First there’s the thing — that thing that happens that everybody over 50 sees on the news and everybody under 50 reads about on Buzzfeed with the headline “The world gasped when they saw this one weird thing”.
It’s a crazy thing. It’s a riveting thing. It’s shocking in all the ways that crawl into our brain stems and curl up there with a good book. Its an event and no mistake. It’s got a hashtag and everything.
And then. Then somebody with a platform built of power, prestige, or politics says something about the thing. They offer prayers/condolences/good thoughts/platitudes/poetry about the thing. They pontificate about what the thing means to their politics/theology/Thursday Morning brunch.
And inevitably. Somebody out there in the social media world accuses that pontificator of being crass and callous and calculating. Their idea about the thing goes to far! It doesn’t go far enough! It’s pandering! It’s pointless! It’ll hurt women, children, the elderly, or the entire planet. How. Dare. You. Outrage is a cheap and plentiful drug.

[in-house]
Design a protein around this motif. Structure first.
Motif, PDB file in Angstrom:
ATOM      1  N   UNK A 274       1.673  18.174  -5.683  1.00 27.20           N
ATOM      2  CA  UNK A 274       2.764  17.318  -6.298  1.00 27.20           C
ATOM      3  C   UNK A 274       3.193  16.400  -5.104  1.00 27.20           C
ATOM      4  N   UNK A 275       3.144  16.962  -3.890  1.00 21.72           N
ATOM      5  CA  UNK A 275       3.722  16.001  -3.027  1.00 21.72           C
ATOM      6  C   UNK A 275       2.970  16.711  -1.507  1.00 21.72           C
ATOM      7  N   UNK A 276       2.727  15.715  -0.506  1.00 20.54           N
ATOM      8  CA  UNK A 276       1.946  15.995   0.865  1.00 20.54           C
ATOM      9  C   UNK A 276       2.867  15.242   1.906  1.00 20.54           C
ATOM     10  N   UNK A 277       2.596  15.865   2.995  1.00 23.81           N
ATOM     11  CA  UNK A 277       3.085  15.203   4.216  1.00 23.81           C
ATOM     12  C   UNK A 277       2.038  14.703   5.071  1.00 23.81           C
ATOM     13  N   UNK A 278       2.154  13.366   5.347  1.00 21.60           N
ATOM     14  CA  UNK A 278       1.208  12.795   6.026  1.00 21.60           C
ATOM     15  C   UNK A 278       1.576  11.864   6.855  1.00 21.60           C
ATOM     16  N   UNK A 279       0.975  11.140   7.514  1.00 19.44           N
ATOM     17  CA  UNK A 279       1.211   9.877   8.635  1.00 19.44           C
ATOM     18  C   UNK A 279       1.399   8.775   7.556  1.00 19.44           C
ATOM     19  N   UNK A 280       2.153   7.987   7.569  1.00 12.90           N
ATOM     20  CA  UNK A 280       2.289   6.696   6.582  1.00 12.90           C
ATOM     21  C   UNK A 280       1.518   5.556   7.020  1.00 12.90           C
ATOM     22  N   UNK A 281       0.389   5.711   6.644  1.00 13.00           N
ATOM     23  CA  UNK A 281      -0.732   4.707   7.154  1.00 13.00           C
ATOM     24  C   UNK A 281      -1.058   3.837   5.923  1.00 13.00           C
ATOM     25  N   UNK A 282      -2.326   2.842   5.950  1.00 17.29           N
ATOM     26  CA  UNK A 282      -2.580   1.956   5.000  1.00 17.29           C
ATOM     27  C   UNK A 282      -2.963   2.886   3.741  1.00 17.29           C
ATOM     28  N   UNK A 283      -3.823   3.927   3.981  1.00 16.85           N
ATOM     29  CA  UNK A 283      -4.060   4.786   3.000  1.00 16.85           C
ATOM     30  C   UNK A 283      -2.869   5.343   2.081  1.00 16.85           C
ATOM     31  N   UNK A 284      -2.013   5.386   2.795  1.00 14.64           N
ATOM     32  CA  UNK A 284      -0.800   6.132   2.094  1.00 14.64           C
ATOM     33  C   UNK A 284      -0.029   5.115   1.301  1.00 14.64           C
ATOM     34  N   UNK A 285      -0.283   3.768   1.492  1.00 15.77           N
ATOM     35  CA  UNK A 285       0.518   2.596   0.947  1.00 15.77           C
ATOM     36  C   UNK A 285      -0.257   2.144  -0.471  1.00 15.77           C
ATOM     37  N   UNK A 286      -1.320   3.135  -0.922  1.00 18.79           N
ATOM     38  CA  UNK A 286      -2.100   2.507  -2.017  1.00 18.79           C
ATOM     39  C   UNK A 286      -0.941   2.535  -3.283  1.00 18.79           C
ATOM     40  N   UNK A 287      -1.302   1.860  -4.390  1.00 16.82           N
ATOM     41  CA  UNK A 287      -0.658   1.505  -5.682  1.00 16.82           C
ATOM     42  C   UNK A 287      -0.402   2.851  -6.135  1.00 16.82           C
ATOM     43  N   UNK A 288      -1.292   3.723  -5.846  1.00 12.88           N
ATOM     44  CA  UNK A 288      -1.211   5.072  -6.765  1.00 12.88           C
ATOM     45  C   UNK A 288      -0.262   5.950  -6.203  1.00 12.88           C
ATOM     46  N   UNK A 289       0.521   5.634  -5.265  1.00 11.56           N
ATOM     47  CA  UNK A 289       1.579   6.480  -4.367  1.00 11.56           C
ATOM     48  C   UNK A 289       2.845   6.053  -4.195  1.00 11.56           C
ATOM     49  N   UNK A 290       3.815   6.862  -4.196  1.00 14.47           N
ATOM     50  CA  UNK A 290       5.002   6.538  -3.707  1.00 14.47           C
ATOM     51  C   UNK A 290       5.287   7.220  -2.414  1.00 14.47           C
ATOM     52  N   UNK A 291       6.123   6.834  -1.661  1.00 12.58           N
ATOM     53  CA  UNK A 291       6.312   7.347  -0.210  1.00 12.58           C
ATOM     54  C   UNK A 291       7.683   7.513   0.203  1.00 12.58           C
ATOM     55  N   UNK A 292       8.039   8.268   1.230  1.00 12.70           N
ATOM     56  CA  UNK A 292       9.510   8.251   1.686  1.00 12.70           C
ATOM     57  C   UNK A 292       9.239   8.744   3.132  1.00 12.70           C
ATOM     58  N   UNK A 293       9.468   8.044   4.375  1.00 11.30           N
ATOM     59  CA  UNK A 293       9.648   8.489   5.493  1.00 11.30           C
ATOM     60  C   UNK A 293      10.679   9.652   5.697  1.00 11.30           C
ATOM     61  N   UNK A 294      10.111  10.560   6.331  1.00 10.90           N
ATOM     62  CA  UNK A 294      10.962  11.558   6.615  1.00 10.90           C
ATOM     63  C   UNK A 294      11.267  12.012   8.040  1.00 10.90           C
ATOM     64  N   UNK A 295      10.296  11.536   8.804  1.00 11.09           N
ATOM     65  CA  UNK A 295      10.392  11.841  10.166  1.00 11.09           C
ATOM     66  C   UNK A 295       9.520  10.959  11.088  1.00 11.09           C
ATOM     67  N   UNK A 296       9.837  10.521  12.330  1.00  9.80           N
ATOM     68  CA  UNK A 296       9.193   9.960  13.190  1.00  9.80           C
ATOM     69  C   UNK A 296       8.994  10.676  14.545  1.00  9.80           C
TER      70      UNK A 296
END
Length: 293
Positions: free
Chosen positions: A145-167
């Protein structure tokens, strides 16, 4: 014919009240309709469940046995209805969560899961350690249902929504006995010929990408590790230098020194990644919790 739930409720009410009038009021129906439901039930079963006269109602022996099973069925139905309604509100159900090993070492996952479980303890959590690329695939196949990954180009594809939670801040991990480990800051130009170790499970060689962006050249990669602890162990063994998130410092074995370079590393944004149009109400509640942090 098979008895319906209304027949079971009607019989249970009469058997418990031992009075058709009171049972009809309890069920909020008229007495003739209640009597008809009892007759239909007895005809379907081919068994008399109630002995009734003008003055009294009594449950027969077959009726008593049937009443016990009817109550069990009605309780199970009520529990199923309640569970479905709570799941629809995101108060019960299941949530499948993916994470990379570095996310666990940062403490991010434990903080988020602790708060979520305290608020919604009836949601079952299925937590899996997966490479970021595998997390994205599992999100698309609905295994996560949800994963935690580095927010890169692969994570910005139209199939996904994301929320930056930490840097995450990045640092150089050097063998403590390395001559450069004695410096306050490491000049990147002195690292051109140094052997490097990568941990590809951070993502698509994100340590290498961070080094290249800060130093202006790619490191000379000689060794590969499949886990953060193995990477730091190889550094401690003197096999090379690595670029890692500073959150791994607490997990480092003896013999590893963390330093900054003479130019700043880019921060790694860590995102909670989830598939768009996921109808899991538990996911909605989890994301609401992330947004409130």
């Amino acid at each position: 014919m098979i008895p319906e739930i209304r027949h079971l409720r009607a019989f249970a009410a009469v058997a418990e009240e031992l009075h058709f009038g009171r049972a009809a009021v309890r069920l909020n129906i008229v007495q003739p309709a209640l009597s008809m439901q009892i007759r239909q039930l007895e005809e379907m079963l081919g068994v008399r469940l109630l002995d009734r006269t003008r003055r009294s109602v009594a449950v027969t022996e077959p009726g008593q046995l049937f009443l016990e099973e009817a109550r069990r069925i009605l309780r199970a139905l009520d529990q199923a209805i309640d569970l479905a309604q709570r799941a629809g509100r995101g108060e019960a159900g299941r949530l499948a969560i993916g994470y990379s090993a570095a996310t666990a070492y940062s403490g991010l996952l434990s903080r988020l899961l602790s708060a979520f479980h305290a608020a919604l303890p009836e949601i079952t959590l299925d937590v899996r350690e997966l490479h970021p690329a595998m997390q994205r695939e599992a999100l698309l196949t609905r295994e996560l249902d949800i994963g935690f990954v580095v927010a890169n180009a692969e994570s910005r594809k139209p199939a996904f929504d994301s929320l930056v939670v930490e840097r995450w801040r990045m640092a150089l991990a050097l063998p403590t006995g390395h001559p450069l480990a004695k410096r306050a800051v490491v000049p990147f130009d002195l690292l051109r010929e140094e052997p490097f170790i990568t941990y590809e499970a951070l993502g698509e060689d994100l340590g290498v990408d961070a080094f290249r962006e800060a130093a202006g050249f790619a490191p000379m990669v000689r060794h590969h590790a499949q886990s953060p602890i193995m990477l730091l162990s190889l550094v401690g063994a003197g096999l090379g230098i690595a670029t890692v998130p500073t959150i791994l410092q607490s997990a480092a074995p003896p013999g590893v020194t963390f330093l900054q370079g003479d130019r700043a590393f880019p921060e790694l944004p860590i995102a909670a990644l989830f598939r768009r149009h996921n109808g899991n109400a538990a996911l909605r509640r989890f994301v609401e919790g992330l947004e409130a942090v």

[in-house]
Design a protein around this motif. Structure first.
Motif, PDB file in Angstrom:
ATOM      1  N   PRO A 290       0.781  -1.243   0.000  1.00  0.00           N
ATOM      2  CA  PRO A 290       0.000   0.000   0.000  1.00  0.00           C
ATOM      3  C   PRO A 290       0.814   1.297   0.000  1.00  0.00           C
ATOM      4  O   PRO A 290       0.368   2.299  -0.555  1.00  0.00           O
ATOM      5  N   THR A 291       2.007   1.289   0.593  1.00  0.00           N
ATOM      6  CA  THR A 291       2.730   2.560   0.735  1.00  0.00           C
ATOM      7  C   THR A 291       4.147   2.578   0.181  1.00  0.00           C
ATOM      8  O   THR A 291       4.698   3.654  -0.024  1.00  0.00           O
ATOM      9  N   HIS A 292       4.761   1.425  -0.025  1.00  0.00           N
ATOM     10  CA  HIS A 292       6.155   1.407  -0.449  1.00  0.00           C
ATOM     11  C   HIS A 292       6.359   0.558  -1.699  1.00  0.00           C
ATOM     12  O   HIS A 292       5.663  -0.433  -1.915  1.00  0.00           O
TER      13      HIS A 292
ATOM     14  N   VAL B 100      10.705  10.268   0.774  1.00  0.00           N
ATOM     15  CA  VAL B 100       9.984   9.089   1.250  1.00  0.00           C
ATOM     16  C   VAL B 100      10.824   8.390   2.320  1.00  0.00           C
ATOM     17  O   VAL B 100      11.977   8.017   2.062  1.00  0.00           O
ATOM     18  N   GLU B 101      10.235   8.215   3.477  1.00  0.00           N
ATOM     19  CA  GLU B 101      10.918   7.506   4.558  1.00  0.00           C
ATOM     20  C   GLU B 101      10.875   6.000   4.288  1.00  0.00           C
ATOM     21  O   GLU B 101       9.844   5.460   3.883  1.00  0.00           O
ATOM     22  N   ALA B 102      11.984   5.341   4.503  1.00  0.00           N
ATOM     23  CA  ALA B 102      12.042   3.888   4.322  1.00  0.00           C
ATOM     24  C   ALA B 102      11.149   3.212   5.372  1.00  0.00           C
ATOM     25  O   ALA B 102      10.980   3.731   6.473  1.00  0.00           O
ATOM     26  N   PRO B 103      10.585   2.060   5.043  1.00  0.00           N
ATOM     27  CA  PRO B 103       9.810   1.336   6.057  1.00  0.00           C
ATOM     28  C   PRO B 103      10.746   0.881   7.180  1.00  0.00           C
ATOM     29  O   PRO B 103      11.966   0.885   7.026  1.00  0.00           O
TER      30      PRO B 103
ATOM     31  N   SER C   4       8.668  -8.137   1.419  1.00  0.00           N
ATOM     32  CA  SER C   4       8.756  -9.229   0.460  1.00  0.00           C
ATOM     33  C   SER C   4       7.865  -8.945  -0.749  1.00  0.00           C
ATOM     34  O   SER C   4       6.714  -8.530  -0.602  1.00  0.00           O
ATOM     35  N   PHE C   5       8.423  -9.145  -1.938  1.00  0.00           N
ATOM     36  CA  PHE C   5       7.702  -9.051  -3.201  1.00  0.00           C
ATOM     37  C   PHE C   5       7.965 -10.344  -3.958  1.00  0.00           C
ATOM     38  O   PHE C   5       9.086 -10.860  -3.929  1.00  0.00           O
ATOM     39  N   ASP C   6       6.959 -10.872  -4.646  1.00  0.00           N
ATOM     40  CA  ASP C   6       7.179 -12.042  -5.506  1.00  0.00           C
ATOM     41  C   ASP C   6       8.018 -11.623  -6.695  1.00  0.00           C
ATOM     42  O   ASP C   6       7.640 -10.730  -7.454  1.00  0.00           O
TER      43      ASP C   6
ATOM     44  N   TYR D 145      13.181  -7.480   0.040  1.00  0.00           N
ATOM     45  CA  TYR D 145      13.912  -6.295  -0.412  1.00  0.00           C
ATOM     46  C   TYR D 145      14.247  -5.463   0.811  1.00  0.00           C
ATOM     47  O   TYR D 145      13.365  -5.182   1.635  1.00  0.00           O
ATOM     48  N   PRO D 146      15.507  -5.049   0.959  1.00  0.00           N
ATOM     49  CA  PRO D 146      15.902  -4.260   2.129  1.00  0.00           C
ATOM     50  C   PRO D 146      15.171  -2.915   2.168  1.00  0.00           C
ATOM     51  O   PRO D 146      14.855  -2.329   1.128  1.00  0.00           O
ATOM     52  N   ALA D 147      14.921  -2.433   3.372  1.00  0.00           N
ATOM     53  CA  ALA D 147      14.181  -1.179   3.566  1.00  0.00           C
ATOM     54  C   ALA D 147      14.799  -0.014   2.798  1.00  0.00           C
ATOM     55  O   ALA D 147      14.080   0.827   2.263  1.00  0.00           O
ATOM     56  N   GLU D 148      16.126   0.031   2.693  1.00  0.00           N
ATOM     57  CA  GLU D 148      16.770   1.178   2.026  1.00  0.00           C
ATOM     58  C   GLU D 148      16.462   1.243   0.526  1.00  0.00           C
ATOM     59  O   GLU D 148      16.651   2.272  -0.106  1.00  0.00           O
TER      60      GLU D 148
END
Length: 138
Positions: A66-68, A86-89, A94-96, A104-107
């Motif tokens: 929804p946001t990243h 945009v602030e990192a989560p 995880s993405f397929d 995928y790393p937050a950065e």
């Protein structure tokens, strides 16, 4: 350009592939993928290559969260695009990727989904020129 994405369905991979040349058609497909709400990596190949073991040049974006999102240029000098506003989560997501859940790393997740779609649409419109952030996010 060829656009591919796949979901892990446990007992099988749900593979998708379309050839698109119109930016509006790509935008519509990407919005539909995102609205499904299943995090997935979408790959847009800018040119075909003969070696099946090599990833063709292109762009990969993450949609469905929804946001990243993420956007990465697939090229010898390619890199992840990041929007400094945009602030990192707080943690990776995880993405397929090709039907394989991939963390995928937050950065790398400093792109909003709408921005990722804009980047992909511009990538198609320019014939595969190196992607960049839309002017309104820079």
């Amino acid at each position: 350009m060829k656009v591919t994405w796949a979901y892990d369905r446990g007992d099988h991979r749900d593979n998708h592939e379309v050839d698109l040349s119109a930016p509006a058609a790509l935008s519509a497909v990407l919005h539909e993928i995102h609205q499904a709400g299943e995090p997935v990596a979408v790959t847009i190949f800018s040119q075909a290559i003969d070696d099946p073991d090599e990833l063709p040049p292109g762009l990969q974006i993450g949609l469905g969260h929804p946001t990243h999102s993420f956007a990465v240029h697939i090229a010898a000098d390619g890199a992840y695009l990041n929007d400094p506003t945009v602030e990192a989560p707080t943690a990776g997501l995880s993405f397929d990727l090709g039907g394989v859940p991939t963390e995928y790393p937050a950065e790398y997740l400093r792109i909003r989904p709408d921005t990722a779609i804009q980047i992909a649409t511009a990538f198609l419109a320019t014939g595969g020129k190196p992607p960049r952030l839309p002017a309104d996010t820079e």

But then. Somebody else attacks that contrarian as being all the very things they said about that person on the platform. “Nu-uh!” they’ll yell loudly. “And so are you!”
Suddenly the thing that started as a distant sort of reality removed from the maddening crowd is now just the cause du jour for people who mercilessly mold everything to fit their particular agenda. Afternoon are spent screaming or smarming at strangers on social media instead of taking a long walk and realizing that there are a lot of other things in the world.
There are, in fact, things every second of every day. These are things that Buzzfeed doesn’t even know about. Things that require no pandering, pondering, or point-making.
That’s where life is lived, friend.